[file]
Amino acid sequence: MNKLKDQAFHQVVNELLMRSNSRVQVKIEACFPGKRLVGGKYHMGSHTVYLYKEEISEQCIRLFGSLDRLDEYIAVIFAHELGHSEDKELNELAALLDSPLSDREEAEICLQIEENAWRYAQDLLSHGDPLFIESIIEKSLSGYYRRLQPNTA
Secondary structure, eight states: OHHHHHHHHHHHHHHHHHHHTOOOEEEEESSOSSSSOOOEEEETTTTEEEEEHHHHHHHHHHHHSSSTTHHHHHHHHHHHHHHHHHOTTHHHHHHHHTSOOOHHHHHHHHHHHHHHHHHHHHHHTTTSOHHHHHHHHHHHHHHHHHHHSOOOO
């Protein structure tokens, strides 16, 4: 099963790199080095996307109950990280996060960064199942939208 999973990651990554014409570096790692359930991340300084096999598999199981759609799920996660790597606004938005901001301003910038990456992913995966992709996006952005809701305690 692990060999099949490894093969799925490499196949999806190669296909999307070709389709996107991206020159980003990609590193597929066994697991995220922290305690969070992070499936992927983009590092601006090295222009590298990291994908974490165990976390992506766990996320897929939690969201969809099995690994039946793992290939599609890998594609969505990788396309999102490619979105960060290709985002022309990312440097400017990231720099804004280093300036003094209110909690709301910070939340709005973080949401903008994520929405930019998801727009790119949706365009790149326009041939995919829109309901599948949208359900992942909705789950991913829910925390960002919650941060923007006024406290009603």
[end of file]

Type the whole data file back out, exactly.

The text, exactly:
Amino acid sequence: MNKLKDQAFHQVVNELLMRSNSRVQVKIEACFPGKRLVGGKYHMGSHTVYLYKEEISEQCIRLFGSLDRLDEYIAVIFAHELGHSEDKELNELAALLDSPLSDREEAEICLQIEENAWRYAQDLLSHGDPLFIESIIEKSLSGYYRRLQPNTA
Secondary structure, eight states: OHHHHHHHHHHHHHHHHHHHTOOOEEEEESSOSSSSOOOEEEETTTTEEEEEHHHHHHHHHHHHSSSTTHHHHHHHHHHHHHHHHHOTTHHHHHHHHTSOOOHHHHHHHHHHHHHHHHHHHHHHTTTSOHHHHHHHHHHHHHHHHHHHSOOOO
């Protein structure tokens, strides 16, 4: 099963790199080095996307109950990280996060960064199942939208 999973990651990554014409570096790692359930991340300084096999598999199981759609799920996660790597606004938005901001301003910038990456992913995966992709996006952005809701305690 692990060999099949490894093969799925490499196949999806190669296909999307070709389709996107991206020159980003990609590193597929066994697991995220922290305690969070992070499936992927983009590092601006090295222009590298990291994908974490165990976390992506766990996320897929939690969201969809099995690994039946793992290939599609890998594609969505990788396309999102490619979105960060290709985002022309990312440097400017990231720099804004280093300036003094209110909690709301910070939340709005973080949401903008994520929405930019998801727009790119949706365009790149326009041939995919829109309901599948949208359900992942909705789950991913829910925390960002919650941060923007006024406290009603």